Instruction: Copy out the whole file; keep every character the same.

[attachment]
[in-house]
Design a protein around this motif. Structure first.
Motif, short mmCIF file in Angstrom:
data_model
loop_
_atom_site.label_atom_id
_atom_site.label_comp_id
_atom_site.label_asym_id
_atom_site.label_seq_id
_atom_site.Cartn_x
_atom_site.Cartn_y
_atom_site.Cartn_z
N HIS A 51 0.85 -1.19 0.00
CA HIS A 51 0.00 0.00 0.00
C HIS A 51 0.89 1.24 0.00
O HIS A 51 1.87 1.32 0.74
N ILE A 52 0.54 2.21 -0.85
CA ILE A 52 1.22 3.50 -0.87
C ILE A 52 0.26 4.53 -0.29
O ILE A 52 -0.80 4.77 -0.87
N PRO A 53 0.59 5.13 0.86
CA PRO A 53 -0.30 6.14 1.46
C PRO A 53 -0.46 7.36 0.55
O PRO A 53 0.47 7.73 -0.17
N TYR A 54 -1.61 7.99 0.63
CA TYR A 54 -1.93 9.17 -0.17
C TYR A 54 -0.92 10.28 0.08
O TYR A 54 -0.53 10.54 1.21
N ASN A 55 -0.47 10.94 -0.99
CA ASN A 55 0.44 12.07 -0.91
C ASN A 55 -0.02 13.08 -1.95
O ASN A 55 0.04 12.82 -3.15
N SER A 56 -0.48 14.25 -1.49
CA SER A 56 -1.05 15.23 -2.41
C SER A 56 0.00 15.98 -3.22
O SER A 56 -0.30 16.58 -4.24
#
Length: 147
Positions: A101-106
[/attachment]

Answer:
[in-house]
Design a protein around this motif. Structure first.
Motif, short mmCIF file in Angstrom:
data_model
loop_
_atom_site.label_atom_id
_atom_site.label_comp_id
_atom_site.label_asym_id
_atom_site.label_seq_id
_atom_site.Cartn_x
_atom_site.Cartn_y
_atom_site.Cartn_z
N HIS A 51 0.85 -1.19 0.00
CA HIS A 51 0.00 0.00 0.00
C HIS A 51 0.89 1.24 0.00
O HIS A 51 1.87 1.32 0.74
N ILE A 52 0.54 2.21 -0.85
CA ILE A 52 1.22 3.50 -0.87
C ILE A 52 0.26 4.53 -0.29
O ILE A 52 -0.80 4.77 -0.87
N PRO A 53 0.59 5.13 0.86
CA PRO A 53 -0.30 6.14 1.46
C PRO A 53 -0.46 7.36 0.55
O PRO A 53 0.47 7.73 -0.17
N TYR A 54 -1.61 7.99 0.63
CA TYR A 54 -1.93 9.17 -0.17
C TYR A 54 -0.92 10.28 0.08
O TYR A 54 -0.53 10.54 1.21
N ASN A 55 -0.47 10.94 -0.99
CA ASN A 55 0.44 12.07 -0.91
C ASN A 55 -0.02 13.08 -1.95
O ASN A 55 0.04 12.82 -3.15
N SER A 56 -0.48 14.25 -1.49
CA SER A 56 -1.05 15.23 -2.41
C SER A 56 0.00 15.98 -3.22
O SER A 56 -0.30 16.58 -4.24
#
Length: 147
Positions: A101-106